By introducing a corporate tax, the United Arab Emirates (UAE)/Dubai reaffirmed its commitment to international standards of tax transparency and the prevention of harmful tax practices.

This corporate tax, which came into force on June 1, 2023, is governed by Federal Decree-Law No. 47 of 2022 on the Taxation of Corporations and Businesses (https://mof.gov.ae/wp-content/uploads/2022/12/Federal-Decree-Law-No.-47-of-2022-EN.pdf), (“Federal Decree-Law No. 47 of 2022“).

Taxable companies will now have to register for corporate tax (https://tax.gov.ae/en/services/corporate.tax.registration.aspx) and obtain a corporate tax registration number from the Federal Tax Authority, which is the competent authority for corporate tax matters.

The corporate tax return must be filed for each tax period within 9 months of the end of the tax period.

As regards the rate applicable to this new tax, taxable income over 375 000 AED will be taxed at a rate of 9%, while income below this threshold will be taxed at a rate of 0% (Article 3 of the law).

On reading this Federal Decree-Law No. 47 of 2022 (1.), we understand that its scope is quite wide without being absolute, which will have the effect of subjecting a certain number of people to the tax (1.a), while providing for exemptions under some conditions (1.b).

Furthermore, although taxable income (2.) is numerous, due to the duality of the criteria for determining such income(2.a), Federal Decree-Law No. 47 of 2022 provides for the deductibility of some expenses, which will have the effect of reducing taxation (2.b).

1.Scope of application of Federal Decree-law No. 47 of 2022

Although the law applies to a wide range of individuals and companies (a), its scope is not absolute, as exemptions are provided (b).



Cryptocurrencies appeared in the digital world a decade ago and are now experiencing significant growth and democratization. 

As virtual means of payment that can be used mainly on the Internet, relying on cryptography to secure transactions and the creation of units, and escaping any control from regulators and central banks exists today more, there are today more than 4000 crypto-currencies in circulation. 

Nevertheless, their legal framework is sometimes confusing and difficult to understand. This article will thus aim to study the legislative framework of cryptocurrencies in France, Canada and the United Arab Emirates, but also their tax regime. We will then examine, in a non-exhaustive way, the Initial Coins Offerings, a new phenomenon of fundraising based on cryptocurrencies.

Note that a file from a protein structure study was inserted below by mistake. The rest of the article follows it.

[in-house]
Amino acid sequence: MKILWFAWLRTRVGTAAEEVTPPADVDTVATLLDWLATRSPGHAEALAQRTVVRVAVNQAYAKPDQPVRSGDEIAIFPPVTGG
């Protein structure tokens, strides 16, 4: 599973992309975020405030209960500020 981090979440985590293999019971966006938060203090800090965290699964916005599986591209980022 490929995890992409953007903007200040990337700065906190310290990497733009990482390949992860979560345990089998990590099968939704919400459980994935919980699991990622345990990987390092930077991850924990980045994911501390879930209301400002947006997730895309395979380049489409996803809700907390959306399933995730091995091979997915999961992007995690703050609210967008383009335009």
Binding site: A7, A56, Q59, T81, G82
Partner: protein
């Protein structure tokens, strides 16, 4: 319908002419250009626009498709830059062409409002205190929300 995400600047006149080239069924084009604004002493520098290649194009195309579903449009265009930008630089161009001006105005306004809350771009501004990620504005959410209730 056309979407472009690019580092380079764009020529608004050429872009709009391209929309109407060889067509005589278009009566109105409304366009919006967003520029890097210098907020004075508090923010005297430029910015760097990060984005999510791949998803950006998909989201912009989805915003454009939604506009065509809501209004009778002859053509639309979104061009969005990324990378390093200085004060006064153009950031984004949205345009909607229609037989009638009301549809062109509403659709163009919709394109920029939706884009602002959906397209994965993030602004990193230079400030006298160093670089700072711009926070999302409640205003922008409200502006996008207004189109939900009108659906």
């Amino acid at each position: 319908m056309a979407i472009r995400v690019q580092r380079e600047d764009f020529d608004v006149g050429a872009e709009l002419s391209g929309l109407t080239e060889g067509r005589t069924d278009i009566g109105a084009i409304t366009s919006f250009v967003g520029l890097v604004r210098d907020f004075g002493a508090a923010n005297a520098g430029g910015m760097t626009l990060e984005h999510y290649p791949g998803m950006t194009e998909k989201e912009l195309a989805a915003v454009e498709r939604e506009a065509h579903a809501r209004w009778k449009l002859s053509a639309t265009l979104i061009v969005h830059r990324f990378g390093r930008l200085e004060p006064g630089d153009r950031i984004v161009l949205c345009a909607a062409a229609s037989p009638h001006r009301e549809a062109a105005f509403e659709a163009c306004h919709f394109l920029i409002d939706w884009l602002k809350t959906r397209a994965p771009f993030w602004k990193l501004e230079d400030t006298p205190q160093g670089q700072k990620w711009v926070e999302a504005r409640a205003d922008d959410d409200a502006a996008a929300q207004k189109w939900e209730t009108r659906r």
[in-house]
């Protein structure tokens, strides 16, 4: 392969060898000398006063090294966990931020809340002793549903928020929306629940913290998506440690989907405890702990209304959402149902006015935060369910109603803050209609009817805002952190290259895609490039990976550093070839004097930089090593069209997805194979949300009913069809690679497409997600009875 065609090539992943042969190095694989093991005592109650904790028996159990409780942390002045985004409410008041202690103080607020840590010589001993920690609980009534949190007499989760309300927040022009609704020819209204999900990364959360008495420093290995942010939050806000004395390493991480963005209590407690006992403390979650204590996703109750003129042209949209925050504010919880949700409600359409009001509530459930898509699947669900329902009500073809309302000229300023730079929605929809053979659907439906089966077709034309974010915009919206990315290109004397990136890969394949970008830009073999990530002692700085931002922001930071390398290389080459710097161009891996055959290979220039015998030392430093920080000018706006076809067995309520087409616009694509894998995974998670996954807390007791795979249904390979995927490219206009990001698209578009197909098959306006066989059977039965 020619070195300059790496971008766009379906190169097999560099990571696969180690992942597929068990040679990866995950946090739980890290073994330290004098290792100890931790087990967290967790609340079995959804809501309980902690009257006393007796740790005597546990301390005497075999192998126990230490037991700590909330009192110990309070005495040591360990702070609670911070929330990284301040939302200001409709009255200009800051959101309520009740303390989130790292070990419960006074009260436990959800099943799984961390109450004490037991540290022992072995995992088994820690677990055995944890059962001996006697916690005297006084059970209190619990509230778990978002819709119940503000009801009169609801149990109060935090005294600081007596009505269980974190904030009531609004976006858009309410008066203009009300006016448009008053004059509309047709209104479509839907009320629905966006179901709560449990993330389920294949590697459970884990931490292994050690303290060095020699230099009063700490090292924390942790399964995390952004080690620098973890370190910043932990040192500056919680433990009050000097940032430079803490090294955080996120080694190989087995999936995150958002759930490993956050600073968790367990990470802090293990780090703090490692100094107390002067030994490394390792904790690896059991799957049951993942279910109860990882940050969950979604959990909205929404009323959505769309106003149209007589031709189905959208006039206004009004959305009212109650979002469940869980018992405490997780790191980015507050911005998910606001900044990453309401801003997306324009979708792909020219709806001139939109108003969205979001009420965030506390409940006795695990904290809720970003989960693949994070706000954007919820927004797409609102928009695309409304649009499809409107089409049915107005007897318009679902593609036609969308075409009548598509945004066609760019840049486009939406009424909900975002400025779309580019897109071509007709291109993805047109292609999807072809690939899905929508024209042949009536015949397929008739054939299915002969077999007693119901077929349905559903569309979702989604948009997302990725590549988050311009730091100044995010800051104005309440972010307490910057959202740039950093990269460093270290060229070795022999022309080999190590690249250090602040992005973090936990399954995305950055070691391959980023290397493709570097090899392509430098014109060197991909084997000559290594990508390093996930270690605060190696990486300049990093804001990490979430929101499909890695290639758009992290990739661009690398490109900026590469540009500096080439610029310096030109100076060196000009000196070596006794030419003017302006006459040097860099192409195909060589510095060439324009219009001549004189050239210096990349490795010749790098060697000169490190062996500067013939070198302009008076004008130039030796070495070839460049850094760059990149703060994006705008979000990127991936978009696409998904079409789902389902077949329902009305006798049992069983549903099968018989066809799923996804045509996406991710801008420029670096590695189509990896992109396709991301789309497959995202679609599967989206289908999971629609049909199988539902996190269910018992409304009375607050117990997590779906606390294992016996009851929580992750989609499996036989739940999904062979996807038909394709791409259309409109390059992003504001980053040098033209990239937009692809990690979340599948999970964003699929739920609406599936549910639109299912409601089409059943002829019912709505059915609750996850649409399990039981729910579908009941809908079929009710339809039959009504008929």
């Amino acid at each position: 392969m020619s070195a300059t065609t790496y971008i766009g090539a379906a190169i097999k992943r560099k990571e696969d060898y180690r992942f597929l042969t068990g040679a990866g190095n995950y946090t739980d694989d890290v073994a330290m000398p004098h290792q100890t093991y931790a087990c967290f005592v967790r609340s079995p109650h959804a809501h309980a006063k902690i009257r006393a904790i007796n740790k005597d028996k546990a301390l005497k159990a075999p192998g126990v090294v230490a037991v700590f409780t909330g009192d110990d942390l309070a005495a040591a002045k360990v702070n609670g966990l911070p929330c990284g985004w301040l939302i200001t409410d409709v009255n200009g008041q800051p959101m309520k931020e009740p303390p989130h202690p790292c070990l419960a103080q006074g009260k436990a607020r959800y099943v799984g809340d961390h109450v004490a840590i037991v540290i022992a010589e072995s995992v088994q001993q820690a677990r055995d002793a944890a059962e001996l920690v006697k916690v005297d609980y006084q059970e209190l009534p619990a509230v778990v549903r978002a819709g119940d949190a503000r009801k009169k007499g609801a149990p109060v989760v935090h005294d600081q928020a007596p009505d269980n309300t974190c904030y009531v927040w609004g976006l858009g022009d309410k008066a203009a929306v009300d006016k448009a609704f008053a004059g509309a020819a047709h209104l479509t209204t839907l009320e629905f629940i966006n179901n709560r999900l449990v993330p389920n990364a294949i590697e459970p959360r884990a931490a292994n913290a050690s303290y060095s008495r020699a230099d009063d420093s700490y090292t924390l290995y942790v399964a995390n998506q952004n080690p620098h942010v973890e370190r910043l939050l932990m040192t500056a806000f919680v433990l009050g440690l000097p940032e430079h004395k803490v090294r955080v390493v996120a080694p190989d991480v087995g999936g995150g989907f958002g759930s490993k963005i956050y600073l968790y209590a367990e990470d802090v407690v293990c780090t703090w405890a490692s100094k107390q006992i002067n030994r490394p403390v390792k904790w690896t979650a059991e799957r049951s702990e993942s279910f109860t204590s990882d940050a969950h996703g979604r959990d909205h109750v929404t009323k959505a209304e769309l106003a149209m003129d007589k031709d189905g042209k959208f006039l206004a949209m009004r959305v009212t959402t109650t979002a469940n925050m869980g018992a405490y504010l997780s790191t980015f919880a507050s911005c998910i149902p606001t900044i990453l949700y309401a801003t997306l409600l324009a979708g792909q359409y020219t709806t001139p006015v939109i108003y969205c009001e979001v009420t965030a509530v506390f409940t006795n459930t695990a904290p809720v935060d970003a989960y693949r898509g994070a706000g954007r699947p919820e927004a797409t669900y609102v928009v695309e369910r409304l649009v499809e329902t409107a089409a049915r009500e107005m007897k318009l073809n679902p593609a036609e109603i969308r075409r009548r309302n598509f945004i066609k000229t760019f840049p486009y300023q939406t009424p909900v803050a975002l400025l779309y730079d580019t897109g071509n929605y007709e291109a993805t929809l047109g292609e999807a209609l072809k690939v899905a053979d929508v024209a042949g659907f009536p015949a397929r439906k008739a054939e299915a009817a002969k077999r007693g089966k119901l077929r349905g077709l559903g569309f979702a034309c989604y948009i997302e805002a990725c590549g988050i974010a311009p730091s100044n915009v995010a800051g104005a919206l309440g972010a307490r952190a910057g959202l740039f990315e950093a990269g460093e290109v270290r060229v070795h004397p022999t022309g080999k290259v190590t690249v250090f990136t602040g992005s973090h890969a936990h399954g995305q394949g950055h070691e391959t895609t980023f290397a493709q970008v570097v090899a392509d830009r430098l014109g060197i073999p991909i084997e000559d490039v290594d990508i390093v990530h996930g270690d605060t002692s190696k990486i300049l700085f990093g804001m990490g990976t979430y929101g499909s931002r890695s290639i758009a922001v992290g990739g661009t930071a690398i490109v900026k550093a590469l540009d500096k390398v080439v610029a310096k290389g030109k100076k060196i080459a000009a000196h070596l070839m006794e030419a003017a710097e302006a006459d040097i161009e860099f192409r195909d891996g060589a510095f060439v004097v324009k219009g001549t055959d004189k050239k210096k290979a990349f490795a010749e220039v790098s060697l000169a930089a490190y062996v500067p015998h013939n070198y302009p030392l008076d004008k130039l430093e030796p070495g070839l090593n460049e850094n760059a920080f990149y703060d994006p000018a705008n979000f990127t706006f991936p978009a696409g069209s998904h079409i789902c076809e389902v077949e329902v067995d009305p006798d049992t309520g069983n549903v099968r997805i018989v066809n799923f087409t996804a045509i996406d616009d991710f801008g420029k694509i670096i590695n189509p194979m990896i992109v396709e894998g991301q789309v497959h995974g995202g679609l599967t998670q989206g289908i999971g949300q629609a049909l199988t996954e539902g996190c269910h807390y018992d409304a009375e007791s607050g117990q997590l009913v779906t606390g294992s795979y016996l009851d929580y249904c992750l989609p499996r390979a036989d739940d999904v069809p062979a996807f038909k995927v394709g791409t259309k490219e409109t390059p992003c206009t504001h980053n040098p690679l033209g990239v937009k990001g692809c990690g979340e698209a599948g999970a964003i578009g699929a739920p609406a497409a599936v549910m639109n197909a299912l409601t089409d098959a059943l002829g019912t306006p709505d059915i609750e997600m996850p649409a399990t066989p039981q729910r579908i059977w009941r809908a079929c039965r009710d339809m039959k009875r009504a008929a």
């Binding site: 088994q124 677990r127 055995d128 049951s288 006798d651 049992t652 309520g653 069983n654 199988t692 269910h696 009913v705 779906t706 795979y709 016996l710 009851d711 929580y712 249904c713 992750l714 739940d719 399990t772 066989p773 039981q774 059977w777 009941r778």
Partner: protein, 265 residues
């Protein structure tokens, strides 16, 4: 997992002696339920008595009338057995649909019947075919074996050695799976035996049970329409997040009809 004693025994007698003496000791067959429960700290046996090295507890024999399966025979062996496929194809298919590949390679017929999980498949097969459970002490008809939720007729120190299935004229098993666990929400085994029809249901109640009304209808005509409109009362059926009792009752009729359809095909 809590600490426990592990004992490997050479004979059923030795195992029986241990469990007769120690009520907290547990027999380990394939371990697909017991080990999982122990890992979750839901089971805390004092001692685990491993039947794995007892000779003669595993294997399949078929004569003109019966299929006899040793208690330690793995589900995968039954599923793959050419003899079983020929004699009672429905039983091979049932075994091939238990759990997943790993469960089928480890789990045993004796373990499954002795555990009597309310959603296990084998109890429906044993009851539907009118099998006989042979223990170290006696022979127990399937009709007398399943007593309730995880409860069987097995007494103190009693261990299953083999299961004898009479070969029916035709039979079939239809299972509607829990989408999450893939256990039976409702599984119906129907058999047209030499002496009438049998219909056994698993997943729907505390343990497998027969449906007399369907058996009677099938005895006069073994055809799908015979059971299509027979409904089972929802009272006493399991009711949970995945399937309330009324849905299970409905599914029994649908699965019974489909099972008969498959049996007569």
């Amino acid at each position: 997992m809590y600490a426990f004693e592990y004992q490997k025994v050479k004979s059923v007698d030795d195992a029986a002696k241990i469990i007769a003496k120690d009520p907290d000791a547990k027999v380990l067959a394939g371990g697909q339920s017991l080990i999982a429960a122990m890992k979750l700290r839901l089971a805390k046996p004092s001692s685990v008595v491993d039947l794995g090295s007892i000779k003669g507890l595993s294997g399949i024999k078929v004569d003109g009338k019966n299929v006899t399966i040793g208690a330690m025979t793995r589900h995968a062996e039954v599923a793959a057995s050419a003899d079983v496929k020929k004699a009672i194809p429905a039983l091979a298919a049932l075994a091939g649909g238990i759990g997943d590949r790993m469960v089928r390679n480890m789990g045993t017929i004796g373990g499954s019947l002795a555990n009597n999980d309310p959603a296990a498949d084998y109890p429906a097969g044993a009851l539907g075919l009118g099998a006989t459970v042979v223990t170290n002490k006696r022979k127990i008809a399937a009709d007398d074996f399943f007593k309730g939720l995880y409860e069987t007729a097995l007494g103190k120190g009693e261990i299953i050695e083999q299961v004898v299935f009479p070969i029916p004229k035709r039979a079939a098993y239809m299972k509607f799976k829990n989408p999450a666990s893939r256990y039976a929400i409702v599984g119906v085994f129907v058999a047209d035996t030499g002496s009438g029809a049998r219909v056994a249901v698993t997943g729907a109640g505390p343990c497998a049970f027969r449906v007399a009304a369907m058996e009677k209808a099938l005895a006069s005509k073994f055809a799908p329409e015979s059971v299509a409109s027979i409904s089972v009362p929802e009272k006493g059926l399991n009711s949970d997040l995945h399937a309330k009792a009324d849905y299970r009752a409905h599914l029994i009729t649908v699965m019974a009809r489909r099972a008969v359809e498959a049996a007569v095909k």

What are cryptos in practice ? 

A cryptocurrency is a virtual means of payment that relies on cryptography to secure transactions and the creation of units, and that is beyond the control of regulators and central banks. Cryptocurrencies are therefore based on a computer protocol of encrypted and decentralized transactions, called blockchain. 

The best known cryptocurrency is bitcoin, which is a virtual unit of account stored on electronic media. Nevertheless, today there are more than 4000 cryptocurrencies in circulation in the world, the best known outside of bitcoin being for example Ethereum, Ripple or EOS, XRP, Tether, Cardan, Stellar, Chainlink, Uniswap, Polkado or USD Coin.

Cryptocurrencies are part of the broader framework of cryopoassets,which represent “virtual assets stored on an electronic medium allowing a community of users accepting them in payment to carry out transactions without having to resort to legal tender”. 

The issuance and circulation of digital cryptoassets is particularly related to Initial Coins Offerings(“ICOs”). Unlike a stock exchange issue (IPO), the ICO is financed on digital media called tokens. The ICO thus represents a fundraising operation operating through the issuance of digital assets exchangeable for cryptocurrencies during the start-up phase of a start-up or a business project. 

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